If your GH readout is too high you will need to either 'Fan & Wait' or 'Flush & Wait'. 

It is worth considering that a first shot after a long idle will produce a higher HX hump than a second shot pulled after either a recovery from a cool group or a cool down (with the fan) from a hot group. This is likely due to a hotter machine on shot one & 'overheated HX water', this is discussed in the video. A way around this would be to flush for a little longer before a first shot vs a second shot.

If your group is cool after a first shot & requires 'some time' to recover back to 'pulling temp' you could consider bumping your boiler pressure/ PID up, dropping post shot screen flushes may also help.

If your group is hot after a first shot & requires cooling via flushing or fanning you could consider dropping your boiler pressure/ PID or implementing a longer screen flush post shot. You may still require additional cooling but the above process are just things that may get you closer to where you want to be, this all depends on what temp you are trying to hit also.

 

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Howard - what affect is the foil having on temperature reading do you think, and why do you need to do that as opposed to just using bare thermocouple end.

I’m looking to fashion one of these myself


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Great guide and very interesting.

Out of interest, how long do you use the fan for to get to the target GH temperature?

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Quickmill Andreja Premium---Eric's E61 Thermometer---Eureka Mignon---MBK 58.35mm---Grindenstein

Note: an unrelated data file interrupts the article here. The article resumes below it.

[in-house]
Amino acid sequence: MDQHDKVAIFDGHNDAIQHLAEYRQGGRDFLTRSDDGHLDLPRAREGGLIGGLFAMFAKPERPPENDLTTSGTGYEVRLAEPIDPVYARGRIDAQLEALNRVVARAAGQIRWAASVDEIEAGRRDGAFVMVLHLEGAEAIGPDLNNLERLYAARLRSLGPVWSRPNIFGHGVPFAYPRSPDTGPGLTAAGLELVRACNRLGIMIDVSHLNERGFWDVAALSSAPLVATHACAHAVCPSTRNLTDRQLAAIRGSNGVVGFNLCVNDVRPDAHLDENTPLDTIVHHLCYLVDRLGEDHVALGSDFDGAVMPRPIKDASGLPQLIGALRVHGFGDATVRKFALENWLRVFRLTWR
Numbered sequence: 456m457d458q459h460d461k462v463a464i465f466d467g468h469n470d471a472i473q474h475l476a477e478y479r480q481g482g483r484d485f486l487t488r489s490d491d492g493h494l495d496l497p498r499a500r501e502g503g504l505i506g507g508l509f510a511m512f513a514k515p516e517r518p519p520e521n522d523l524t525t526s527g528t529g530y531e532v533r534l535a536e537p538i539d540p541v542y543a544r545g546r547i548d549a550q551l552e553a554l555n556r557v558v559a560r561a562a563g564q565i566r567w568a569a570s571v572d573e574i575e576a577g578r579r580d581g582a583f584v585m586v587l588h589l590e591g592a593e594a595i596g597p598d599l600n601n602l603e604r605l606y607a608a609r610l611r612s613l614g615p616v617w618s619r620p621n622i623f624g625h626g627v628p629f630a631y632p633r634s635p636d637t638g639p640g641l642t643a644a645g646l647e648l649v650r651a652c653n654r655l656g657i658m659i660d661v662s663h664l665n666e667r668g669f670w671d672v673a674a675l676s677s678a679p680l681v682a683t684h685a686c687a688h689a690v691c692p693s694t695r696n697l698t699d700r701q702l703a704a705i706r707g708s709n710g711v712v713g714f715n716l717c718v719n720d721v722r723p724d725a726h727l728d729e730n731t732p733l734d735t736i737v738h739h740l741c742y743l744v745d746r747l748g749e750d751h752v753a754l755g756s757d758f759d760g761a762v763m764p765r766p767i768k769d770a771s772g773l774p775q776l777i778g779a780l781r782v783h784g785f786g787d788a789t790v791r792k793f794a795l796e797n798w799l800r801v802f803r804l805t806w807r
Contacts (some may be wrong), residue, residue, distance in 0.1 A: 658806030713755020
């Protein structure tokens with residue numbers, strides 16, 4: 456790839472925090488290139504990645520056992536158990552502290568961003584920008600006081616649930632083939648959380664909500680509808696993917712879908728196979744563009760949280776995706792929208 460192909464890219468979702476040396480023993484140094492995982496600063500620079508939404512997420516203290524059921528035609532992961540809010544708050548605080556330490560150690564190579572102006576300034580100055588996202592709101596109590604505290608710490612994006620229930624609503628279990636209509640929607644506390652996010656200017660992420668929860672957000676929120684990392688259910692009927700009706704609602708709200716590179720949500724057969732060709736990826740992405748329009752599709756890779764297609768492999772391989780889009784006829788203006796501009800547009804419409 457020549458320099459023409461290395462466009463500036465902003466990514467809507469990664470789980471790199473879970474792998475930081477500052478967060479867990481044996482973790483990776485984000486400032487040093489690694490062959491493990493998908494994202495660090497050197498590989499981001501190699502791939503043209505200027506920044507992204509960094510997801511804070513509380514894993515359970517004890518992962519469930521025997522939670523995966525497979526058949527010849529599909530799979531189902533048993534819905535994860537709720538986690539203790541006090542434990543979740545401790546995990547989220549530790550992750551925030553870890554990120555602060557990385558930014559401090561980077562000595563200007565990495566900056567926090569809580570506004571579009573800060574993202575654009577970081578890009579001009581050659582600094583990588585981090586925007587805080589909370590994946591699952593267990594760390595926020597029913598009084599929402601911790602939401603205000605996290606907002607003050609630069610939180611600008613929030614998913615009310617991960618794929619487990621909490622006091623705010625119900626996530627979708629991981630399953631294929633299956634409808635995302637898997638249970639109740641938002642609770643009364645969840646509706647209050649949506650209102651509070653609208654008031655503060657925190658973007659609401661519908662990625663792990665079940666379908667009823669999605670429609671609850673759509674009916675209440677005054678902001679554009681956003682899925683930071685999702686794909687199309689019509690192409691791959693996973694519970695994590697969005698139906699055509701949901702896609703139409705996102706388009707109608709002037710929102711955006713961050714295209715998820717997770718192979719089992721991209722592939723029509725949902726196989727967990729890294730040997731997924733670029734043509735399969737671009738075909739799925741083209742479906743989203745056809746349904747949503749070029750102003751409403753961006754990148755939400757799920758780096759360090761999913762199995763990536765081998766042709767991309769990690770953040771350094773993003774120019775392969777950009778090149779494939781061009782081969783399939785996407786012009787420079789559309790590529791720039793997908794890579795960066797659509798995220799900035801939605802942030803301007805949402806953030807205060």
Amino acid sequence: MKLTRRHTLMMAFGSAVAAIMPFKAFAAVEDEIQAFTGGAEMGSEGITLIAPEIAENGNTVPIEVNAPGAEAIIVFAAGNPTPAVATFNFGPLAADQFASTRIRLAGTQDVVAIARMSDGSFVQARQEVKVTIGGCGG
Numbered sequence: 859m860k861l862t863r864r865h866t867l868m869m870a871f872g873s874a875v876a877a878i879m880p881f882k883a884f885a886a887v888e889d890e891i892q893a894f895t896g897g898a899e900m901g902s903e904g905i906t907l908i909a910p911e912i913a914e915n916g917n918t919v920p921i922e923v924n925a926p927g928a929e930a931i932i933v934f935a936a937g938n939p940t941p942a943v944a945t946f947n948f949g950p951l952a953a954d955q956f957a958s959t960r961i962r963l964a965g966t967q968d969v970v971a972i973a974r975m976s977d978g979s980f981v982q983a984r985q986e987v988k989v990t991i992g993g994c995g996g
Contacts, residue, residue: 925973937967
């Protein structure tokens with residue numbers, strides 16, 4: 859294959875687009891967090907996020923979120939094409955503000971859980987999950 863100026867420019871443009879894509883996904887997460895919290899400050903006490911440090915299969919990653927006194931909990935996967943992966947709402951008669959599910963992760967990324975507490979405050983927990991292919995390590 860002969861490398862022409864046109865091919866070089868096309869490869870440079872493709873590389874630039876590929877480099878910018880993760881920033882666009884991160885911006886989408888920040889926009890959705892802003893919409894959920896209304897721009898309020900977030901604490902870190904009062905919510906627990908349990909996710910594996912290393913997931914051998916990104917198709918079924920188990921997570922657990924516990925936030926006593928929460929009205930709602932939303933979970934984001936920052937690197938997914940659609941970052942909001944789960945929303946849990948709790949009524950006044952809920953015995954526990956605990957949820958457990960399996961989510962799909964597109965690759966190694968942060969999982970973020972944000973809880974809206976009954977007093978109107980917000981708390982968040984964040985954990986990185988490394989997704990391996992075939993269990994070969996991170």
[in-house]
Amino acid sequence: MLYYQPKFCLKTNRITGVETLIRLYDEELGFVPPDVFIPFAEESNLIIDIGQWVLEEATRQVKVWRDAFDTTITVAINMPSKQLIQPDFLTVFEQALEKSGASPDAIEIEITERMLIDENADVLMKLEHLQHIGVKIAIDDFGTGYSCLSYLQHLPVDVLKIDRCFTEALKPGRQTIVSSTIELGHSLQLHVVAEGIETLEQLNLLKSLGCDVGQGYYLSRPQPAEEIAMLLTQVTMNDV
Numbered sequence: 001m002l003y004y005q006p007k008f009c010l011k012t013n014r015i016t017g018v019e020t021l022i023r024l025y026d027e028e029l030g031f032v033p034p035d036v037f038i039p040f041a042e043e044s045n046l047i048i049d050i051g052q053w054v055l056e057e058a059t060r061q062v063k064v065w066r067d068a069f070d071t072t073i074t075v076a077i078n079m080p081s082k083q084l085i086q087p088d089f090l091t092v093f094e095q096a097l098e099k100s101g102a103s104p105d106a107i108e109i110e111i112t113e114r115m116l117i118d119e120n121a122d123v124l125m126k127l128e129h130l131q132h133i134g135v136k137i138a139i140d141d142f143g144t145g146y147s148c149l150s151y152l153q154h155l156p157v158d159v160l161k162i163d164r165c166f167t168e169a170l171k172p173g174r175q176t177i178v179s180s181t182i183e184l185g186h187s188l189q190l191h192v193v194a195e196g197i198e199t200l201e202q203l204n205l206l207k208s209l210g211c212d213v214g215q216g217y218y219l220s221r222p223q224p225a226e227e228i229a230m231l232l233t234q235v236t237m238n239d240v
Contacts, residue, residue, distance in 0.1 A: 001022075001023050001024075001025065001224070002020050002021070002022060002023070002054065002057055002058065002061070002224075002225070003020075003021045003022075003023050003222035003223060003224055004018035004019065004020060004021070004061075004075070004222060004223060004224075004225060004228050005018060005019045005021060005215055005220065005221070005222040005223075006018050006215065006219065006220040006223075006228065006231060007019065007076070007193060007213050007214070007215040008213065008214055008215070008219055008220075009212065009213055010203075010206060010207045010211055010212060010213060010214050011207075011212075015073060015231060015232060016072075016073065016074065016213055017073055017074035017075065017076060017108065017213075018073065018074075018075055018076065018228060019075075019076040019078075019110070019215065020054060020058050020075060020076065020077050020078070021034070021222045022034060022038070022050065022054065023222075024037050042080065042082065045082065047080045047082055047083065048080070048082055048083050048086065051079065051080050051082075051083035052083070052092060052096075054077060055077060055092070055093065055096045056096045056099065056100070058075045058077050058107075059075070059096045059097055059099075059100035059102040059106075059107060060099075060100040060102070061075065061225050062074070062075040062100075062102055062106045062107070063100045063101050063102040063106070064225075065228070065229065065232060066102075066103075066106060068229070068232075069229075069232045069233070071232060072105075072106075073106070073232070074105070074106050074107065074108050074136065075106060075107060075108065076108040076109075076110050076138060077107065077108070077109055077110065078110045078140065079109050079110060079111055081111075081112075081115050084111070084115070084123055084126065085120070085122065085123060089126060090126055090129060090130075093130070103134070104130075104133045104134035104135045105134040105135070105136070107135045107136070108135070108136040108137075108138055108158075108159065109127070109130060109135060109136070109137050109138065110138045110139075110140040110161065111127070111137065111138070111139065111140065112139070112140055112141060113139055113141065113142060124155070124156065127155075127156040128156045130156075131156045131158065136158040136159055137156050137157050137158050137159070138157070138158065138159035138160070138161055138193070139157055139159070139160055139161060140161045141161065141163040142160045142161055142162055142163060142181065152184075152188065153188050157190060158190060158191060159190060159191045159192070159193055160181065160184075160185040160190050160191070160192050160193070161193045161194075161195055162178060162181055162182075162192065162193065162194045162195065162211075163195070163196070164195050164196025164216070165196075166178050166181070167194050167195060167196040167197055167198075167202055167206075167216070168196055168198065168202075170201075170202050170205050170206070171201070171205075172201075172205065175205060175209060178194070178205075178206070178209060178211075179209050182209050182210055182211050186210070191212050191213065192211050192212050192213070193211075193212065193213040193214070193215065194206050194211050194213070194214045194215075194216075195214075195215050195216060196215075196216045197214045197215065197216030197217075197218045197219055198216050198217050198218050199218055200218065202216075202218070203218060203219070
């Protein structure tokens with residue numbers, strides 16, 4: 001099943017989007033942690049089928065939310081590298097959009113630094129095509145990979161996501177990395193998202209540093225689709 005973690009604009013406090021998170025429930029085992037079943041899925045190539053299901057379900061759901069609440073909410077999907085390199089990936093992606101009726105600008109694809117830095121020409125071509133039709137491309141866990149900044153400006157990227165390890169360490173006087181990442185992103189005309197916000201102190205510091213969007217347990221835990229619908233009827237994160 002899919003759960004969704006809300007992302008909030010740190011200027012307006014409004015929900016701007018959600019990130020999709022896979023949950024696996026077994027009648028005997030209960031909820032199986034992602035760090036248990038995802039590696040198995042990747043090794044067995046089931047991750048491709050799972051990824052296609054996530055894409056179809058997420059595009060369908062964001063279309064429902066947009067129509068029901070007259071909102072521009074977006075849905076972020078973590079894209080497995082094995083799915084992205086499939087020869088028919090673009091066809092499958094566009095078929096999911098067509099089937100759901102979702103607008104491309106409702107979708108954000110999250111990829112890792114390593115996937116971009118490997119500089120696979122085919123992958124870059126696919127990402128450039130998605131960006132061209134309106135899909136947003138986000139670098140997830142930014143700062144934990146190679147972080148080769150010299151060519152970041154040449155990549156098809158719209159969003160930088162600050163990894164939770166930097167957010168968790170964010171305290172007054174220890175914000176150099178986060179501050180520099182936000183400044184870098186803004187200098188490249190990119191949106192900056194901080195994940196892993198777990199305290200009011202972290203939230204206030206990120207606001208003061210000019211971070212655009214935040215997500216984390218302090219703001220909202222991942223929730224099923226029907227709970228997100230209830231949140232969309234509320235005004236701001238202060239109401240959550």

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2 hours ago, kennyboy993 said:

Howard - what affect is the foil having on temperature reading do you think, and why do you need to do that as opposed to just using bare thermocouple end.

I’m looking to fashion one of these myself


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Little to none would be my best guess but this would not be my area of expertise... Considering the GH thermometer has a stainless casing around it I would say the 'at puck' thermometer its more responsive.

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2 hours ago, NJD1977 said:

Great guide and very interesting.

Out of interest, how long do you use the fan for to get to the target GH temperature?

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Not long, but it all depends what the GH temp is.

Put it like this. If the group is up to full temp, lets say 98°C, I put the fan on, weigh my beans, get the grinder going, get my milk etc... By the time I am ready to go I may only have 20 seconds or so until the GH is at the correct temp.